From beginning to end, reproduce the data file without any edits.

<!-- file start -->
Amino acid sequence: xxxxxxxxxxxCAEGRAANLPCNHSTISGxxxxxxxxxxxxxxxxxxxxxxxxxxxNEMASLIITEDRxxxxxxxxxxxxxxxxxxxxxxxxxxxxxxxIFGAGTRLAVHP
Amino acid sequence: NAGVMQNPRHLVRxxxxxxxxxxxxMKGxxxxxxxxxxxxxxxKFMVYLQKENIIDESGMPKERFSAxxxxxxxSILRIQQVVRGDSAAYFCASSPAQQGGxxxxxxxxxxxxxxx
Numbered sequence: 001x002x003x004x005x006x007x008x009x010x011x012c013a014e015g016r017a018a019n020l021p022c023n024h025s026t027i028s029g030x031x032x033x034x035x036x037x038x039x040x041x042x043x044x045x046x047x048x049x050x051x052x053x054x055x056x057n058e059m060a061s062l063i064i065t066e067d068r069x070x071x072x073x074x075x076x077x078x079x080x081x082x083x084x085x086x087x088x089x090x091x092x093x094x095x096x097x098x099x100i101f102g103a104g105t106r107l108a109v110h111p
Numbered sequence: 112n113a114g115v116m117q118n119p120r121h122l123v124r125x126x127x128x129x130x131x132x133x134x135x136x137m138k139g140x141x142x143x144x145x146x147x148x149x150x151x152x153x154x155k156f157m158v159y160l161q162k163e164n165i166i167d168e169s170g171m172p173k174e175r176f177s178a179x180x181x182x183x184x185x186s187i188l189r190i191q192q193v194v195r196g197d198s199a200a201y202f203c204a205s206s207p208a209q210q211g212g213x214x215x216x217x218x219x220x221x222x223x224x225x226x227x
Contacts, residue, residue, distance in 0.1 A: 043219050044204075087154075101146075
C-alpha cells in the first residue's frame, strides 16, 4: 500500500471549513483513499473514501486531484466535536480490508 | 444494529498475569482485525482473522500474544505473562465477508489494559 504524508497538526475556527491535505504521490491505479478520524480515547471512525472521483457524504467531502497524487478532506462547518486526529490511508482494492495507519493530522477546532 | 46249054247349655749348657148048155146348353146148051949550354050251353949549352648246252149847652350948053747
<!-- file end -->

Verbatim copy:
Amino acid sequence: xxxxxxxxxxxCAEGRAANLPCNHSTISGxxxxxxxxxxxxxxxxxxxxxxxxxxxNEMASLIITEDRxxxxxxxxxxxxxxxxxxxxxxxxxxxxxxxIFGAGTRLAVHP
Amino acid sequence: NAGVMQNPRHLVRxxxxxxxxxxxxMKGxxxxxxxxxxxxxxxKFMVYLQKENIIDESGMPKERFSAxxxxxxxSILRIQQVVRGDSAAYFCASSPAQQGGxxxxxxxxxxxxxxx
Numbered sequence: 001x002x003x004x005x006x007x008x009x010x011x012c013a014e015g016r017a018a019n020l021p022c023n024h025s026t027i028s029g030x031x032x033x034x035x036x037x038x039x040x041x042x043x044x045x046x047x048x049x050x051x052x053x054x055x056x057n058e059m060a061s062l063i064i065t066e067d068r069x070x071x072x073x074x075x076x077x078x079x080x081x082x083x084x085x086x087x088x089x090x091x092x093x094x095x096x097x098x099x100i101f102g103a104g105t106r107l108a109v110h111p
Numbered sequence: 112n113a114g115v116m117q118n119p120r121h122l123v124r125x126x127x128x129x130x131x132x133x134x135x136x137m138k139g140x141x142x143x144x145x146x147x148x149x150x151x152x153x154x155k156f157m158v159y160l161q162k163e164n165i166i167d168e169s170g171m172p173k174e175r176f177s178a179x180x181x182x183x184x185x186s187i188l189r190i191q192q193v194v195r196g197d198s199a200a201y202f203c204a205s206s207p208a209q210q211g212g213x214x215x216x217x218x219x220x221x222x223x224x225x226x227x
Contacts, residue, residue, distance in 0.1 A: 043219050044204075087154075101146075
C-alpha cells in the first residue's frame, strides 16, 4: 500500500471549513483513499473514501486531484466535536480490508 | 444494529498475569482485525482473522500474544505473562465477508489494559 504524508497538526475556527491535505504521490491505479478520524480515547471512525472521483457524504467531502497524487478532506462547518486526529490511508482494492495507519493530522477546532 | 46249054247349655749348657148048155146348353146148051949550354050251353949549352648246252149847652350948053747